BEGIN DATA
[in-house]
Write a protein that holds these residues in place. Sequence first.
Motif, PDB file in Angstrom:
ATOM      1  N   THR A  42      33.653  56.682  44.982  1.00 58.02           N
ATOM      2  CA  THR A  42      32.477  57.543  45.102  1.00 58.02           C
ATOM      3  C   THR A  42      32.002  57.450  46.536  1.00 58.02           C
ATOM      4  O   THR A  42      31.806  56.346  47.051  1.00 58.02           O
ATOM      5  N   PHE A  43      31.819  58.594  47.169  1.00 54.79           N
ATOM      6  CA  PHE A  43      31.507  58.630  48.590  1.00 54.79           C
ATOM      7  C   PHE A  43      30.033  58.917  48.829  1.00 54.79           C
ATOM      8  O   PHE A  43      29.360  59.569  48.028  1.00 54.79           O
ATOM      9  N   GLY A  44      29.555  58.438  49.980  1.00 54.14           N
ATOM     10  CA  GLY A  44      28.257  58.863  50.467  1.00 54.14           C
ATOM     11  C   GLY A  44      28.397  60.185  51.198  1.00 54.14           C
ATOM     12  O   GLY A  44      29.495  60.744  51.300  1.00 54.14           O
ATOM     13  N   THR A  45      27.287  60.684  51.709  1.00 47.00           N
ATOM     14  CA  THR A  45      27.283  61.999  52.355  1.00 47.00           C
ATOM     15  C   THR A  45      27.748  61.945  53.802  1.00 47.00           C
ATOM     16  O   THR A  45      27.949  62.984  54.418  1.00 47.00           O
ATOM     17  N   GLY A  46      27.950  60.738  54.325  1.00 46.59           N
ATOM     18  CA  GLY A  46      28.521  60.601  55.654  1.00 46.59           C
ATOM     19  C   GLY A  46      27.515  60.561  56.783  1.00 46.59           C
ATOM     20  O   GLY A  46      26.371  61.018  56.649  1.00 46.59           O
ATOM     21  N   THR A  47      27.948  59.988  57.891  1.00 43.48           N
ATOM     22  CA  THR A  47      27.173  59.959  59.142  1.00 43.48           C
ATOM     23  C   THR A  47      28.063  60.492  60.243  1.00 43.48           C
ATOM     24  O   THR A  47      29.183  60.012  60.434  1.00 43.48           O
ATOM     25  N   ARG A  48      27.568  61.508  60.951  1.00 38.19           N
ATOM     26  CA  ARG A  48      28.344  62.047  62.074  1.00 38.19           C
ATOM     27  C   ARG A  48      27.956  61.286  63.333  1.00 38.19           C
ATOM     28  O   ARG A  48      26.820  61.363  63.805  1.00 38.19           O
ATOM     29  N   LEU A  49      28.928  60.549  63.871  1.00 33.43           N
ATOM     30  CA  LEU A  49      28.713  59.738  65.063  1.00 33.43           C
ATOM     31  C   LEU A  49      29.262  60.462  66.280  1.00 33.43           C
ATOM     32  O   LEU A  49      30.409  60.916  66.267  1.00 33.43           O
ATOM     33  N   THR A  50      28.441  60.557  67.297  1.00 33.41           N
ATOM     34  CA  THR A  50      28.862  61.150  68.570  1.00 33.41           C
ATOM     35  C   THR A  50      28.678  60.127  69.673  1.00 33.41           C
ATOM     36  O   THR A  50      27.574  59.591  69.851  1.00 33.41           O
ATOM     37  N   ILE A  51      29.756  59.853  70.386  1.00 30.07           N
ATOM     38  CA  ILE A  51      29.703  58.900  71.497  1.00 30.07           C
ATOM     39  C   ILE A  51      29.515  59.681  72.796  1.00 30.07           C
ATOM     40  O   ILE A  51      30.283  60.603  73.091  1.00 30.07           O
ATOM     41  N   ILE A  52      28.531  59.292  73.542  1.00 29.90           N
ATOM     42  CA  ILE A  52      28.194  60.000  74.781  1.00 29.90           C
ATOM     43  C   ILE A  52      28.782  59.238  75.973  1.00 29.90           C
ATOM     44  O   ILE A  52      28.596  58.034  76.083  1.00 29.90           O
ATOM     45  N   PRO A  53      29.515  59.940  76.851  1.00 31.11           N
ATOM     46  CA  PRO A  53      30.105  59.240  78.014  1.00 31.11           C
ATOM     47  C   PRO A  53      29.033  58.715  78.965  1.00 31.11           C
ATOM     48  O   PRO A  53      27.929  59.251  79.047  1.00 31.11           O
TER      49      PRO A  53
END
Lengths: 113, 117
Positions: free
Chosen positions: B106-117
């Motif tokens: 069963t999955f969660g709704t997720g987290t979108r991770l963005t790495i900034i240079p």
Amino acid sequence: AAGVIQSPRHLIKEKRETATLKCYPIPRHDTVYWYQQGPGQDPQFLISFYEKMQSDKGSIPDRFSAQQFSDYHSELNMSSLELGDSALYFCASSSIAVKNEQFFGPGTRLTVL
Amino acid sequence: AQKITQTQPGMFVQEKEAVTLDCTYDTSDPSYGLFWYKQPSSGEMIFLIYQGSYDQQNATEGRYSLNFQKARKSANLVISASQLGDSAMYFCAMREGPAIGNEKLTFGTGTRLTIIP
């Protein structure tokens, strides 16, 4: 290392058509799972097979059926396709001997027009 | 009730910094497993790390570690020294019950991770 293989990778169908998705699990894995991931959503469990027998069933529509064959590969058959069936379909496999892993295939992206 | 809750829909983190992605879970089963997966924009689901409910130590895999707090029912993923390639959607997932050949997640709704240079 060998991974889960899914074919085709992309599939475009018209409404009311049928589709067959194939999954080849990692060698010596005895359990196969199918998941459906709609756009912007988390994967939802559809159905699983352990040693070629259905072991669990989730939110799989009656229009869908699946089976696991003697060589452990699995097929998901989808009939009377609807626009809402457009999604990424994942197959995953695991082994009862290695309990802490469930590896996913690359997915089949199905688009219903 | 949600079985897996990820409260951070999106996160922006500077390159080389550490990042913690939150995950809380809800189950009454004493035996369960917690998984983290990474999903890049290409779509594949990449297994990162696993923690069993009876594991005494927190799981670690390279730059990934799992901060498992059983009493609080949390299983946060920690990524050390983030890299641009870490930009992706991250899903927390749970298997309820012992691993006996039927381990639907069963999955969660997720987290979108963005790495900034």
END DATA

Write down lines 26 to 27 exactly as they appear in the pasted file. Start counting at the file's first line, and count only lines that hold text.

ATOM     23  C   THR A  47      28.063  60.492  60.243  1.00 43.48           C
ATOM     24  O   THR A  47      29.183  60.012  60.434  1.00 43.48           O